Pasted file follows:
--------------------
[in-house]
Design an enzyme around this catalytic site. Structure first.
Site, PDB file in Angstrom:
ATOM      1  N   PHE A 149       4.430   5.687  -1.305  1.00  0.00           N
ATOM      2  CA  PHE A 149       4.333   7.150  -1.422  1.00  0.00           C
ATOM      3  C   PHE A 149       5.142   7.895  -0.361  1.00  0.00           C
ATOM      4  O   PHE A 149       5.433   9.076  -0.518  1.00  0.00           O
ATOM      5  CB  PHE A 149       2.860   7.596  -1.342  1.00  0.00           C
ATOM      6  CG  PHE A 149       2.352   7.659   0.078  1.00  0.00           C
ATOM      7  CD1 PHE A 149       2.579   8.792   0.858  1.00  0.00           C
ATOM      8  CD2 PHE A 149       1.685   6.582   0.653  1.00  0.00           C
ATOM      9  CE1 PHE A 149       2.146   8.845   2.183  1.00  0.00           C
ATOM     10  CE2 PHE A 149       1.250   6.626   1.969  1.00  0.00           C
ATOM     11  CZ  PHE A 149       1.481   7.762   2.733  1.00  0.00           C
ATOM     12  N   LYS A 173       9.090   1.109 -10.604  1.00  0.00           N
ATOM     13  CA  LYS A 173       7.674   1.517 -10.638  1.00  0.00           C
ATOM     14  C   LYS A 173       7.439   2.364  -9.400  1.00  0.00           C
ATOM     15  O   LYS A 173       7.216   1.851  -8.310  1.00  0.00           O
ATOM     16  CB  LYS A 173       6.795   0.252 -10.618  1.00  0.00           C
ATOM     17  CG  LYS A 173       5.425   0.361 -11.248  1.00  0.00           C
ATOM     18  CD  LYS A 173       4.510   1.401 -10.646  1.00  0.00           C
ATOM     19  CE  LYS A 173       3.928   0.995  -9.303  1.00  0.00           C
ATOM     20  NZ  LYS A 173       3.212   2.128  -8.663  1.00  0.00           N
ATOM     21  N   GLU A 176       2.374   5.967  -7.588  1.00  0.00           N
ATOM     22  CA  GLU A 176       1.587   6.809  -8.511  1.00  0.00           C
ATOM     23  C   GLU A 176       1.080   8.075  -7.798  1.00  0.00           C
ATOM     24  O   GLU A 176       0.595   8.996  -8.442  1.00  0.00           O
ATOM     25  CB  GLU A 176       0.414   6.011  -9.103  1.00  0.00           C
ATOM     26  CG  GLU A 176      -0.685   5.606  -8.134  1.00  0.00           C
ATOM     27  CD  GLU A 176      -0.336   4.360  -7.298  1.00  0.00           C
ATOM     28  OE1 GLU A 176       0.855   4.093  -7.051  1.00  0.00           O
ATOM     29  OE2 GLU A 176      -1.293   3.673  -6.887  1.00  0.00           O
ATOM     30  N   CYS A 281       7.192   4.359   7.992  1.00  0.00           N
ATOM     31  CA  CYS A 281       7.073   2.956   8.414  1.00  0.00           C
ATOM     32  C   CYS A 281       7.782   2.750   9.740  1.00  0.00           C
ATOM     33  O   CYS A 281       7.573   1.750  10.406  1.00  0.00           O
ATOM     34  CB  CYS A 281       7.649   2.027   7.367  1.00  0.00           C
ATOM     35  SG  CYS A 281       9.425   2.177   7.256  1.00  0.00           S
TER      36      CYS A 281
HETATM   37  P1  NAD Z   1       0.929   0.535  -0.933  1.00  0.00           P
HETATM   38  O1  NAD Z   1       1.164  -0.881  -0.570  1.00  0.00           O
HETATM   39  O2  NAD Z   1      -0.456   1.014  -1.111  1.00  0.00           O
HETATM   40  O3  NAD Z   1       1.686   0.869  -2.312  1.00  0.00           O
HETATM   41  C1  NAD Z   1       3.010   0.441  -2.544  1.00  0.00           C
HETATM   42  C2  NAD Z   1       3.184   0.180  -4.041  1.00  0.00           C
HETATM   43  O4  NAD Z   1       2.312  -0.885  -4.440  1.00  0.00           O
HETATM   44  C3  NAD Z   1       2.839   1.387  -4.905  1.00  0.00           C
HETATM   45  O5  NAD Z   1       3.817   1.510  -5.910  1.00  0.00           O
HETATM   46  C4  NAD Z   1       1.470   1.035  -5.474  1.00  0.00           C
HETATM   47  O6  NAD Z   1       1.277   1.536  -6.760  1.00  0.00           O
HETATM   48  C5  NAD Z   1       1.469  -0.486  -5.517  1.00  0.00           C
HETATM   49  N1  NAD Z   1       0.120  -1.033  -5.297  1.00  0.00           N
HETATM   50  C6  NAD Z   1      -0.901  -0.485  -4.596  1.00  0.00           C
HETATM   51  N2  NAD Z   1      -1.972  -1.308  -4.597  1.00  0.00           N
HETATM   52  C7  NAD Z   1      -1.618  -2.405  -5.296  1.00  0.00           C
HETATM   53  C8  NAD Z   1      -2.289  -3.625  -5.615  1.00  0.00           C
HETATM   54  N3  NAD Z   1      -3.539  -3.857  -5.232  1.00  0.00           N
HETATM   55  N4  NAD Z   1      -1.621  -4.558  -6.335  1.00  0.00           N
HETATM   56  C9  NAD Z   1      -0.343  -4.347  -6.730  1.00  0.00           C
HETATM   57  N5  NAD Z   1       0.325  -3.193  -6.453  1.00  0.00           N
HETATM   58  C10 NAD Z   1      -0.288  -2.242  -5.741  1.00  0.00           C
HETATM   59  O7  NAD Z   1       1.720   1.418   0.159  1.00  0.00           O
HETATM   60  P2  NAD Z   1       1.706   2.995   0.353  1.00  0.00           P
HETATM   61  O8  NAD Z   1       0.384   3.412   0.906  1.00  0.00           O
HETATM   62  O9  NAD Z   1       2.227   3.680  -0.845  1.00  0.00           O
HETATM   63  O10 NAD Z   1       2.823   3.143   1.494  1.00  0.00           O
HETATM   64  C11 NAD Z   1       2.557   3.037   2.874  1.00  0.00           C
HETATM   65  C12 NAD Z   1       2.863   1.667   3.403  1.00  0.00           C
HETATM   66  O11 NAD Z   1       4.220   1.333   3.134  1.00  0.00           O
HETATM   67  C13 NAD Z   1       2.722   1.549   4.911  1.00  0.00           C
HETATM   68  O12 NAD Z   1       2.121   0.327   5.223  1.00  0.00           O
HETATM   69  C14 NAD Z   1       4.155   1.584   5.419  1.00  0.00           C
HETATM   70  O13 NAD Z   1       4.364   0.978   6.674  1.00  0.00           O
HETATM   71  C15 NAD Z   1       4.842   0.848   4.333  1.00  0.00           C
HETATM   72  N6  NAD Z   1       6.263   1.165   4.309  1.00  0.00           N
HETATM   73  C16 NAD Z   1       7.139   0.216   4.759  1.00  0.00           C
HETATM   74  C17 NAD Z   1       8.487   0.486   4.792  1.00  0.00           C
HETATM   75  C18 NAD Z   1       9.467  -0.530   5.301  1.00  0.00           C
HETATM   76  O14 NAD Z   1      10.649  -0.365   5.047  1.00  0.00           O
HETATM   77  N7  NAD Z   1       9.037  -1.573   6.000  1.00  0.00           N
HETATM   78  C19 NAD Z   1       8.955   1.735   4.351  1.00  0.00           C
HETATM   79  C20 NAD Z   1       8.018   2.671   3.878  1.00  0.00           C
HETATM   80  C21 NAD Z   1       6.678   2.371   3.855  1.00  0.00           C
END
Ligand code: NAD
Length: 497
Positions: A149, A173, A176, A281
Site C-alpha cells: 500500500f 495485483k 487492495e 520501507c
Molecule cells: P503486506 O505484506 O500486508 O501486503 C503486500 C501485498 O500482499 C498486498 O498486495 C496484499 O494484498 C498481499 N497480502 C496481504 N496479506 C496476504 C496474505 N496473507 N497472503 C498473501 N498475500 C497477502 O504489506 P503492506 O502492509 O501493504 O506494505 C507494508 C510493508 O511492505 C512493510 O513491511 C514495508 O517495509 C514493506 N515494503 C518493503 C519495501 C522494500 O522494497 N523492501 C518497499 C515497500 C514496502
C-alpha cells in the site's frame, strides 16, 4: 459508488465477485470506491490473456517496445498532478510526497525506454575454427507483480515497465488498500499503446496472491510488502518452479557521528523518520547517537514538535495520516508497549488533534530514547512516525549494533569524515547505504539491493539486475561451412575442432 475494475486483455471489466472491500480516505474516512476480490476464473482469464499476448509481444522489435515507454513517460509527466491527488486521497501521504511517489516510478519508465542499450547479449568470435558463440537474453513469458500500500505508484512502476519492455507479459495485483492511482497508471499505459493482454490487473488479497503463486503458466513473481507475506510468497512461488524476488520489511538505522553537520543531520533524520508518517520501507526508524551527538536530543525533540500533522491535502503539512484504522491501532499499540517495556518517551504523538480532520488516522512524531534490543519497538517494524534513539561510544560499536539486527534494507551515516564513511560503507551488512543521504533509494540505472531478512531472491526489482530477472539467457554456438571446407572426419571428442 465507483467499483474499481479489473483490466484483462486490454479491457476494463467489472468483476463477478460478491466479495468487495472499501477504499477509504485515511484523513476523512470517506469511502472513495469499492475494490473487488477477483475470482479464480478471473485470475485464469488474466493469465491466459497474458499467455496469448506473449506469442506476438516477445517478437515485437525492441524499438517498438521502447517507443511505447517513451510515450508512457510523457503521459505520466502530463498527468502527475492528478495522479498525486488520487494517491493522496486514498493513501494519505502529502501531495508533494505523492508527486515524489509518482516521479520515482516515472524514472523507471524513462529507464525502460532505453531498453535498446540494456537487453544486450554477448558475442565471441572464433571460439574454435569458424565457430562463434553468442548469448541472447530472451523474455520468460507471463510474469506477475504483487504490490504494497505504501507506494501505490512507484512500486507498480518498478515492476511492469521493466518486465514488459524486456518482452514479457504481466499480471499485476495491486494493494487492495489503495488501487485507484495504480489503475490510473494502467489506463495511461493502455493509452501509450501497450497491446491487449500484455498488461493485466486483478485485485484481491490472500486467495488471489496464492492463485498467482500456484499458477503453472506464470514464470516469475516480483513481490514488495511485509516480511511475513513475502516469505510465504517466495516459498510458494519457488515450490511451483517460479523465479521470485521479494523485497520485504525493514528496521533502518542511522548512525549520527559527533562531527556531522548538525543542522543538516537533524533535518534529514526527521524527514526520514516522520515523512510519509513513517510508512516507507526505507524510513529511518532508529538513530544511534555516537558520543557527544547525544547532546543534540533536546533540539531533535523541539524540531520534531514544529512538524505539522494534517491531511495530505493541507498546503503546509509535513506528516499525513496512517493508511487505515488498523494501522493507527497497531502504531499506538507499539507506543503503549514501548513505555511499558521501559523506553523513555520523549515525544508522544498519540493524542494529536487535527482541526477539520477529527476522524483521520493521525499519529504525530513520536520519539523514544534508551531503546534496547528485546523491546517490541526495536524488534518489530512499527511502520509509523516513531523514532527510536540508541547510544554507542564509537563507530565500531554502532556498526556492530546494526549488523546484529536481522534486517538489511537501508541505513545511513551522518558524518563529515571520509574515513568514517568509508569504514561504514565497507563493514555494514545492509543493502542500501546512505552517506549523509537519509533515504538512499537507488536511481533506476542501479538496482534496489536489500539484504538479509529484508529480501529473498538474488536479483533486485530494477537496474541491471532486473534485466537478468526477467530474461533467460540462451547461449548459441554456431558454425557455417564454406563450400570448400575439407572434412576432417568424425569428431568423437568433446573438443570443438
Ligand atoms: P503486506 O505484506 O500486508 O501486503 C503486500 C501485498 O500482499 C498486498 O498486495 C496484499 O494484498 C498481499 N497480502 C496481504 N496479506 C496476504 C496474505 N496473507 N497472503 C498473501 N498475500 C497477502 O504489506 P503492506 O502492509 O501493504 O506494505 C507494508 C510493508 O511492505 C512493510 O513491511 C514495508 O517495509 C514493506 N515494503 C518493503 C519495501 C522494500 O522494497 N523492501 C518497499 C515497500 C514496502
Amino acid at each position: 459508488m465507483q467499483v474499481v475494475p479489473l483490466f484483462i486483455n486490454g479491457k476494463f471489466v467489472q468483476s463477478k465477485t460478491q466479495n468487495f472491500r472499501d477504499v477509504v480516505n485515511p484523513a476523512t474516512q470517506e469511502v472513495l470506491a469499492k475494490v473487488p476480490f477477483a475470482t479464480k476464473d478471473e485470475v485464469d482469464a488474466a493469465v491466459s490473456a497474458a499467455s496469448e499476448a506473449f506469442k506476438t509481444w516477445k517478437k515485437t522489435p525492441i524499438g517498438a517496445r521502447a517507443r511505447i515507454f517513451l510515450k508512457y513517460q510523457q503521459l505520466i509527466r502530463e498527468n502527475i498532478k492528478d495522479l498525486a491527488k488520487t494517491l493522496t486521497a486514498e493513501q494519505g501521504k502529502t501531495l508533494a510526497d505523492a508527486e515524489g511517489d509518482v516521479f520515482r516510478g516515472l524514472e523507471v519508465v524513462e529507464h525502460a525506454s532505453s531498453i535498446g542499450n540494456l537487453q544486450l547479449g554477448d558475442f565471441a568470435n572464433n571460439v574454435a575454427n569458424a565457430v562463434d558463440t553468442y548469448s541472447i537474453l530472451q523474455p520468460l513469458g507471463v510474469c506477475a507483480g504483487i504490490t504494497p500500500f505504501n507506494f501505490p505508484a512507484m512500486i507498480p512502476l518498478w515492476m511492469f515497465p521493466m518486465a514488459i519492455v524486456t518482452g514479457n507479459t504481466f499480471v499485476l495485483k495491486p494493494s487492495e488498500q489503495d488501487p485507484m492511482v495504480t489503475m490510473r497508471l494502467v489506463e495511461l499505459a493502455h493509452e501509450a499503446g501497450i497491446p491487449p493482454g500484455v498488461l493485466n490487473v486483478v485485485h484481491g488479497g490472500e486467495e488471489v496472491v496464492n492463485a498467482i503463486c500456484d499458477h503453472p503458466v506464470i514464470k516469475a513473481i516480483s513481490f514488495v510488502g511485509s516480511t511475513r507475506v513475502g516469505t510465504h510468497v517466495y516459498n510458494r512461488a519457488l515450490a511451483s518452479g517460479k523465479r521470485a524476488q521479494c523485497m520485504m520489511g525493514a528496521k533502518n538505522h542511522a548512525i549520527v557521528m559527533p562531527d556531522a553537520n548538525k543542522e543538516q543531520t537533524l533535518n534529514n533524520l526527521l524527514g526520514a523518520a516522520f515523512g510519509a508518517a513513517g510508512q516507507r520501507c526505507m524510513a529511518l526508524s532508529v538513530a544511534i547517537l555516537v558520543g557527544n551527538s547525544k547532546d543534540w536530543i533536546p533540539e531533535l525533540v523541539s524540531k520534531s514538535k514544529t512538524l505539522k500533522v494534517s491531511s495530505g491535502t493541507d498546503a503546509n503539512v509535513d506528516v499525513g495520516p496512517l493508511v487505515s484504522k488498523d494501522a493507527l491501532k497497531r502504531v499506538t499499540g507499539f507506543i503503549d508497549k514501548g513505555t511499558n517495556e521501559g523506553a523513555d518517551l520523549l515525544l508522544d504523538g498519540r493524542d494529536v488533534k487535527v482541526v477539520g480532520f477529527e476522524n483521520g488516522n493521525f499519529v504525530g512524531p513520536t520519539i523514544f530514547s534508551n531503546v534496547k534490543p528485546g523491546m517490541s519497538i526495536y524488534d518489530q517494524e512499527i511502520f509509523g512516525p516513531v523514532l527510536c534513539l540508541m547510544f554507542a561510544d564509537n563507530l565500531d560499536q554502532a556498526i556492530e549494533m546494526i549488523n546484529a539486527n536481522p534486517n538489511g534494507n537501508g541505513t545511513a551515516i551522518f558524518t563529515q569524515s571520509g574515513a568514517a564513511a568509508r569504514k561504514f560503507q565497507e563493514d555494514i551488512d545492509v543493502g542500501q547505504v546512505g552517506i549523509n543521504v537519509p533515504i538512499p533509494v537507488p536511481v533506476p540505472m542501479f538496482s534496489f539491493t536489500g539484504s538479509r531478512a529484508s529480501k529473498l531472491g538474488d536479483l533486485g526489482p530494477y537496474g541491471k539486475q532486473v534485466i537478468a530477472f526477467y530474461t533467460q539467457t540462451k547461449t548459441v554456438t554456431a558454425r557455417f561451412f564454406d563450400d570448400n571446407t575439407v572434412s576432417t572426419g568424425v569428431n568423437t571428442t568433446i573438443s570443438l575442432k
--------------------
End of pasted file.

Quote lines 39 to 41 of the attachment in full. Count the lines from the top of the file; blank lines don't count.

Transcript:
TER      36      CYS A 281
HETATM   37  P1  NAD Z   1       0.929   0.535  -0.933  1.00  0.00           P
HETATM   38  O1  NAD Z   1       1.164  -0.881  -0.570  1.00  0.00           O